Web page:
But what would be Fincher without his actors? Jesse Eisenberg, who plays the genius Mark Zuckerberg, has exceeded expectations and has played to perfection his role. He's perfectly fitting making it easier for him to become Zuckerberg, and, even though I promised to myself not to mention this in my review, he has beaten Michael Cera by stepping out of his usual character, though not into too far ground, and making a different movie. I really think he deserves to be nominated for an Oscar. Also, in the acting highlights is Andrew Garfield, playing Eduardo Saverin, Mark's best and only friend. He is probably the most sympatethic charater in the film, making the audience feel sorry for him. He also gets ahold of his character, making him his and he becoming part of his character. Another actor deserving to be mentioned is Justin Timberblake, surprisingly in a great performance, as the wild and partying Sean Parker. He was a surprise, a wild card, and yet he was amazing. It was a pleasure to see him perform in every scene he was in. Other actors deserving praise are Armie Hammer as both the Winklevoss twins, Brenda Song as Eduardo's girlfriend Christy Lee, and in also a surprising good role Rooney Mara, who early in this year gave a shameful performance in the equally shameful remake of A Nightmare on Elm Street. Now I'm having more hopes for the American version of The Girl With the Dragon Tattoo, in which she will be playing Lisbeth Salader.
But the one deserving all the praise and acclaim screenwriter Aaron Sorkin. His screenplay is probably the best of the year. He delivers smart and charismathic dialogues, funny and sad situations and very amusing and interesting characters, with certain charms of its own too. He is most likely to win Best Adapted Screenplay at the Oscars and Best Screenplay at the Golden Globes. I think his screenplay was so wonderful that many of the dialogues in the film may go down in my list as some of the best in 2010, and I even go further into saying that it may be one of the funniest films of the year, even if it wasn't a comedy. And achieving that is something that I respect in a screenwriter. So, Aaron Sorkin, you're the true hero of this film. Its power lies in the writing.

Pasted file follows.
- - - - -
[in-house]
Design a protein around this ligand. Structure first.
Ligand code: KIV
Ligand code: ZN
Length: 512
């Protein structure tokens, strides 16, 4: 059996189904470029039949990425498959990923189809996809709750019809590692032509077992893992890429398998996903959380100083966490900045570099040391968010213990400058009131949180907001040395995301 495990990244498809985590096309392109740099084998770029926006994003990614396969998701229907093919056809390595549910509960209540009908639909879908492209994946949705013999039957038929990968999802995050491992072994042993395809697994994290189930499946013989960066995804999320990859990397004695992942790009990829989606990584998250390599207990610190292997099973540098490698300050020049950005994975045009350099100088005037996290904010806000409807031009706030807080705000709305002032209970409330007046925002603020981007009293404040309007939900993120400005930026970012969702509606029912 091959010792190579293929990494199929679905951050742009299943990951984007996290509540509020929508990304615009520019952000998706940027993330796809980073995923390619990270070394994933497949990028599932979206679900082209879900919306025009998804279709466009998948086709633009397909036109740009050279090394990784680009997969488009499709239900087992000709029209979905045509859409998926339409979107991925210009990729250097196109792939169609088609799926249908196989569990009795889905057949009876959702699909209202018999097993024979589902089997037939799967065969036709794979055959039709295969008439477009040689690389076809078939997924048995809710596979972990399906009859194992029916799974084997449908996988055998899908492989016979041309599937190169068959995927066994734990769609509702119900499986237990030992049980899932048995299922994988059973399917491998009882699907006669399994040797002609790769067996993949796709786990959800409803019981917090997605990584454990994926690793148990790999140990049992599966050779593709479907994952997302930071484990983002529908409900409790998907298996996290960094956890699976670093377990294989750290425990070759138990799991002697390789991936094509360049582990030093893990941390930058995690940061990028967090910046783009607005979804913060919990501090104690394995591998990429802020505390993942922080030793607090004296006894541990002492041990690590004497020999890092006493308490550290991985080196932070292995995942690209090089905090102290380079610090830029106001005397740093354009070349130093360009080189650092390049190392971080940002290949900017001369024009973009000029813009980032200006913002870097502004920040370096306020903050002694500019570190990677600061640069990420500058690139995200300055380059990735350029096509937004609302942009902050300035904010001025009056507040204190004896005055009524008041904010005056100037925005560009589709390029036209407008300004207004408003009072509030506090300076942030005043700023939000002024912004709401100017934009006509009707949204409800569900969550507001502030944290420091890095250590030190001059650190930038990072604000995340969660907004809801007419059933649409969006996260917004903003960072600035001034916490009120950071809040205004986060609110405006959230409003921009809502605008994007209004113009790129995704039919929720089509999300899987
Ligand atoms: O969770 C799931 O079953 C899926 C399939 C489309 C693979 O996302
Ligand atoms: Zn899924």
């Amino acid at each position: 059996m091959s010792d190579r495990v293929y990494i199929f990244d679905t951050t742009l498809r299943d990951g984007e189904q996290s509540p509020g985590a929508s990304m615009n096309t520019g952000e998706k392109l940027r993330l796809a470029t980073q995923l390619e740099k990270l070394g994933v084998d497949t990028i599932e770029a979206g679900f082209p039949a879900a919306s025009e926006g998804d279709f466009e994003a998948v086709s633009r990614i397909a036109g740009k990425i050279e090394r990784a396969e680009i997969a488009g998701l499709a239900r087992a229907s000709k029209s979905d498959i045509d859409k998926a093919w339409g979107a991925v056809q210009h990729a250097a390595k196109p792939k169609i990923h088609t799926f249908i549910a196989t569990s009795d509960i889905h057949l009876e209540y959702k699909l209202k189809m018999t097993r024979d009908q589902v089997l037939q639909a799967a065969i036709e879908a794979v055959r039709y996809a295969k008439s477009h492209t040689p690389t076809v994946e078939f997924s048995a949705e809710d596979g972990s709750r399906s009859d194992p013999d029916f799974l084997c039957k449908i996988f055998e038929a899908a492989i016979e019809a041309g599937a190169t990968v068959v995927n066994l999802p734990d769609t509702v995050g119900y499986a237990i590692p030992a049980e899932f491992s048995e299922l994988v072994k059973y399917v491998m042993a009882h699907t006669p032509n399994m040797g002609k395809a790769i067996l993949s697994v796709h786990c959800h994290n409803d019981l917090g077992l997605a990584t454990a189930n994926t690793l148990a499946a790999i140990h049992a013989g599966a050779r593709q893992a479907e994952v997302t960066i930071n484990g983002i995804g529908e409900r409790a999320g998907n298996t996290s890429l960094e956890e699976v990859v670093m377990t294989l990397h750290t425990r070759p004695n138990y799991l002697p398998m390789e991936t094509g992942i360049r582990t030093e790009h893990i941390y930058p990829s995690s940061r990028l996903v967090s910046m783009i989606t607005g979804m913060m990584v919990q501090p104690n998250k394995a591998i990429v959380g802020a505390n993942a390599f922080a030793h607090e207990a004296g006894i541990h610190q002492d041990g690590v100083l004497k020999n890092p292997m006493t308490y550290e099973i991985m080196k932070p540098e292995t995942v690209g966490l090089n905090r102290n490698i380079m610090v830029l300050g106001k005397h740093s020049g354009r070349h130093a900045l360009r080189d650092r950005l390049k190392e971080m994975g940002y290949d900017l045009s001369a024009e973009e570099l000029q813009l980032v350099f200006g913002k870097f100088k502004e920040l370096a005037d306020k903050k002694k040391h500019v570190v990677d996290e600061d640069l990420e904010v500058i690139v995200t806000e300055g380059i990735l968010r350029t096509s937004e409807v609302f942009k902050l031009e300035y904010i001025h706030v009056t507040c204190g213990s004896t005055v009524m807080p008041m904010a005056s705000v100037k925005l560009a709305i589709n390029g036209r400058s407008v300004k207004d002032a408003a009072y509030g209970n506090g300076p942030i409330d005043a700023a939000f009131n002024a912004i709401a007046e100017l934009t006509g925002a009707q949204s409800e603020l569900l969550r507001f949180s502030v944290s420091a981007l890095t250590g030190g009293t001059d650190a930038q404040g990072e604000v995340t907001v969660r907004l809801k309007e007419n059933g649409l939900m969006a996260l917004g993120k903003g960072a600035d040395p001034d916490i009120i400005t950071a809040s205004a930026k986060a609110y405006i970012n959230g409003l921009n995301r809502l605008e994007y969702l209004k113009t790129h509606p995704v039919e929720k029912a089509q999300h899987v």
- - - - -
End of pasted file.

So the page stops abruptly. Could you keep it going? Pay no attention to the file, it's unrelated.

But the film is also socially important. It tells the story of one of the most visited sites on the internet, and it does it so well that it becomes a film that people at almost any age can enjoy (though maybe for kids younger than 10-11 it may not be appropiate). It is like All the President's Men at its time, only more fun and amusing.
The Social Network is a masterpiece, not only for Fincher, not only for the year, but for the generation. It is one of the best movies to have come out in the past two decades, and it definitely is the best of this year. I see a big bag full of gold in next February, more specifically, Oscar night.
My recommendation: High
My score: A perfect 100 (this is the first film of the year that I have given this rating, and the only one I have given it (chronologically) since 2007's The Diving Bell and the Butterfly, which also has decreased a little bit since I saw it).
So, ladies and gentlemen, you are before, without a doubt, the best movie of the year.